Thompson lauded his fellow award recipients as well as State Bar members who work to serve the public. Charles Goldberg, he said, would appreciate the “tremendous public service … including what you do for attorney referrals, public education, reduced fee legal assistance, and those with low income,” Thompson said.
Former Wisconsin Gov. Tommy Thompson at the podium after receiving his award.
“I am joined today by three outstanding former governors whom I share both a profession with and a great deal of respect for. All of these individuals have served this state with great honor and dignity. Isn't it amazing that you see these three governors and not see any corruption, any dishonesty?” Thompson said.
Six out of Wisconsin’s last 10 governors earned law degrees, he noted. “Perhaps the fact that the voters of our great state are so frequently willing to place their trust in lawyers is a tribute to the tireless efforts of the members of the State Bar and the practice of law in our great state.”
Wisconsin Supreme Court Chief Justice Edward G. Ryan “spoke with great passion of the obligation of those in the legal profession,” Thompson said, “that the peaceful social order, the integrity of the state, and every sacred right are in the keeping of us as lawyers. … All of us, as lawyers, have an obligation to serve,” he said.
Anthony Earl: Politics Need Not Be Combative
Prior to serving as governor from 1983 to 1987, Anthony Earl headed the Department of Natural Resources. As governor, he took the state from a $1 billion budget deficit and 12-percent unemployment rate into fiscal soundness, and passed initiatives improving the environment, education, and equal opportunity.
Earl said he is proud to receive the award at an event that celebrates with his fellow governors, representing both sides of the political spectrum, whom he has worked with and known for many years. “We served with one another, we’ve occasionally crossed swords, and on occasion had a harsh word or two, but it was a wonderful experience,” Earl said.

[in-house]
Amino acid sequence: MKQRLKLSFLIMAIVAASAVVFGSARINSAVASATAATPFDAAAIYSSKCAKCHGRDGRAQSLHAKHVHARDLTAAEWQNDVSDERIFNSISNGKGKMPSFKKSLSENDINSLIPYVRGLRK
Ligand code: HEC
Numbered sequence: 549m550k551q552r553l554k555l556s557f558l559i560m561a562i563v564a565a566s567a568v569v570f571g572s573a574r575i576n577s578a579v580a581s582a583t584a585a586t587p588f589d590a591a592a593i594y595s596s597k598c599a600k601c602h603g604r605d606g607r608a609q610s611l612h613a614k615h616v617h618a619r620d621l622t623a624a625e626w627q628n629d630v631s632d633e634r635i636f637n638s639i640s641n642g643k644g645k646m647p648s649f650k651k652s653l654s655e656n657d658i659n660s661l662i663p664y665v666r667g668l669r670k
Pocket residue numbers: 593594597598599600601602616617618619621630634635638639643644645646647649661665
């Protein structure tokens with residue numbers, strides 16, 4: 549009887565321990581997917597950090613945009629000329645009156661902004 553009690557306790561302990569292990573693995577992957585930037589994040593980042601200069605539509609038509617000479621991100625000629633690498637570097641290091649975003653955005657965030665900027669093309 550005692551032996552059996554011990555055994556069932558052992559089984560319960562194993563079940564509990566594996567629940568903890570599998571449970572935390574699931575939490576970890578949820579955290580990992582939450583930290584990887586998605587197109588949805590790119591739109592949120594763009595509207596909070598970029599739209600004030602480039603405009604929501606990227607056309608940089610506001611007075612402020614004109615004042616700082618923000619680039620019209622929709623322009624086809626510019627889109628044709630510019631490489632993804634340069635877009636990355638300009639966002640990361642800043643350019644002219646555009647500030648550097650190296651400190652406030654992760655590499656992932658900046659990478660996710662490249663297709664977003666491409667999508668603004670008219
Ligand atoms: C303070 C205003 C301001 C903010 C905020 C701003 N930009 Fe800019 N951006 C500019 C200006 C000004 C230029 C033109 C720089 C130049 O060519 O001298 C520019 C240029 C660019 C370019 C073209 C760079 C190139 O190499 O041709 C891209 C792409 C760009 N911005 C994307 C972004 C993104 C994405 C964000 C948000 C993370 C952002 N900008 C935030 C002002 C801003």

Former Wisconsin Gov. Anthony Earl listens to Gov. James Doyle during the event.
Such service isn’t to be taken for granted, and should be encouraged in those from differing persuasions, he said. It is important to celebrate those who work in politics, who, while coming from differing political persuasions, demonstrate that politics “needn’t be a combat but can really be an exchange of ideas, moving us forward in the same direction.”
Martin Schreiber: A Remarkable Experience
Martin Schreiber served as governor of Wisconsin from July 1977 to January 1979. Before that, he was the youngest senator in Wisconsin history, elected at age 23 in 1962. While governor, he oversaw reforms within the state’s civil service system, a reorganization of the Wisconsin court system, and creation of the Wisconsin Fund to help local communities and industries develop and pay for clean water programs.
He is most recently known for his work as an author and speaker on the challenges faced by caregivers of those with Alzheimer’s disease.
From left: Judge Richard Brown, Gov. James Doyle, Gov. Martin Schreiber.
The award is an honor, and receiving it with the other governors is a “remarkable experience,” Schreiber said. “We have a combined average of seven years as governor,” he said.
For more on the celebration, see 35 New Fellows Inducted into the Law Foundation, in this issue of InsideTrack.